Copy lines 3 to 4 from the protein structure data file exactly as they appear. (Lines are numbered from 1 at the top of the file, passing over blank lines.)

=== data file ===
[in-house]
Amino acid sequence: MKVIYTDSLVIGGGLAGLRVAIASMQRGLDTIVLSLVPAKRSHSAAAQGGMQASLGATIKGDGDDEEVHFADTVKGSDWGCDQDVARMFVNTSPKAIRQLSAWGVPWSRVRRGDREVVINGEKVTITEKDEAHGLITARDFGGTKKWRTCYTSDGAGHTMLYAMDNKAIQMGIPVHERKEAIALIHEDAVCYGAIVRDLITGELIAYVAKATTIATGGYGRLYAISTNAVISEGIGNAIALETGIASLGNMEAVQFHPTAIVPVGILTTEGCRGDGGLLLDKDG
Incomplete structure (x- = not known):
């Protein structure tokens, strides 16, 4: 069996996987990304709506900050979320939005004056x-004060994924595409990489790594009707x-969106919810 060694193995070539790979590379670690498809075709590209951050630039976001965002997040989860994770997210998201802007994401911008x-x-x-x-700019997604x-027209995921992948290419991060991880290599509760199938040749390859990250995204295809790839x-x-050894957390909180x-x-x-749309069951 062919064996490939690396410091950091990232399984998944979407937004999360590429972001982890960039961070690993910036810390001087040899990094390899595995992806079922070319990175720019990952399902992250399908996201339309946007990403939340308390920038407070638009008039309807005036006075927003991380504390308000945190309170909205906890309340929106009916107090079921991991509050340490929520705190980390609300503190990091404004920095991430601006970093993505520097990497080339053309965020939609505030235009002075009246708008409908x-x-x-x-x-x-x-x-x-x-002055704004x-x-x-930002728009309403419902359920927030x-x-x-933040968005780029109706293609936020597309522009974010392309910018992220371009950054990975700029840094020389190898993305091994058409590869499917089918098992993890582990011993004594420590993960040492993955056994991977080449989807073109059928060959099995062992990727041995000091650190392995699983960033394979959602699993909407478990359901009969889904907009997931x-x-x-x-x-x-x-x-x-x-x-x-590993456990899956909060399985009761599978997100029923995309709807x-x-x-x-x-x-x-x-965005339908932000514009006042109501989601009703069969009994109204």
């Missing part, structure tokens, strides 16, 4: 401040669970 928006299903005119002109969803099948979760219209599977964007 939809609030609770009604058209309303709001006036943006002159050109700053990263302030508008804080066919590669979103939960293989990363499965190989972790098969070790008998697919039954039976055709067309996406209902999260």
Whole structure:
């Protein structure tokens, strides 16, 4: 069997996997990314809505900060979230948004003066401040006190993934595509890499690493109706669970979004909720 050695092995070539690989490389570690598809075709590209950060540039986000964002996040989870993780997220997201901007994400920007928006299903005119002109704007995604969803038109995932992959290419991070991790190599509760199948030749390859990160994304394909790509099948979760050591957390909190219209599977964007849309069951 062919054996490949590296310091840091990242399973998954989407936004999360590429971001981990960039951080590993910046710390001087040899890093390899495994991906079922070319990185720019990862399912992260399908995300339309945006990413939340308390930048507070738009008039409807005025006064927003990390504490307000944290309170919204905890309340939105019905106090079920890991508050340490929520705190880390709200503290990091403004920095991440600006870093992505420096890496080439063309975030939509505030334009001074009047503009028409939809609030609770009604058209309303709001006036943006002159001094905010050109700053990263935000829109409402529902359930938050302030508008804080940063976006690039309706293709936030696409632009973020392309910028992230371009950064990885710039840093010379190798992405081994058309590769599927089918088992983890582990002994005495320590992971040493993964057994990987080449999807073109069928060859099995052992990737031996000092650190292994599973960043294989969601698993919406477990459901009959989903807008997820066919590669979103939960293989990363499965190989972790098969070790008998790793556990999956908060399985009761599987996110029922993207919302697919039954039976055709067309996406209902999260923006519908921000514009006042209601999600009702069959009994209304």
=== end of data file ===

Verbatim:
Incomplete structure (x- = not known):
């Protein structure tokens, strides 16, 4: 069996996987990304709506900050979320939005004056x-004060994924595409990489790594009707x-969106919810 060694193995070539790979590379670690498809075709590209951050630039976001965002997040989860994770997210998201802007994401911008x-x-x-x-700019997604x-027209995921992948290419991060991880290599509760199938040749390859990250995204295809790839x-x-050894957390909180x-x-x-749309069951 062919064996490939690396410091950091990232399984998944979407937004999360590429972001982890960039961070690993910036810390001087040899990094390899595995992806079922070319990175720019990952399902992250399908996201339309946007990403939340308390920038407070638009008039309807005036006075927003991380504390308000945190309170909205906890309340929106009916107090079921991991509050340490929520705190980390609300503190990091404004920095991430601006970093993505520097990497080339053309965020939609505030235009002075009246708008409908x-x-x-x-x-x-x-x-x-x-002055704004x-x-x-930002728009309403419902359920927030x-x-x-933040968005780029109706293609936020597309522009974010392309910018992220371009950054990975700029840094020389190898993305091994058409590869499917089918098992993890582990011993004594420590993960040492993955056994991977080449989807073109059928060959099995062992990727041995000091650190392995699983960033394979959602699993909407478990359901009969889904907009997931x-x-x-x-x-x-x-x-x-x-x-x-590993456990899956909060399985009761599978997100029923995309709807x-x-x-x-x-x-x-x-965005339908932000514009006042109501989601009703069969009994109204």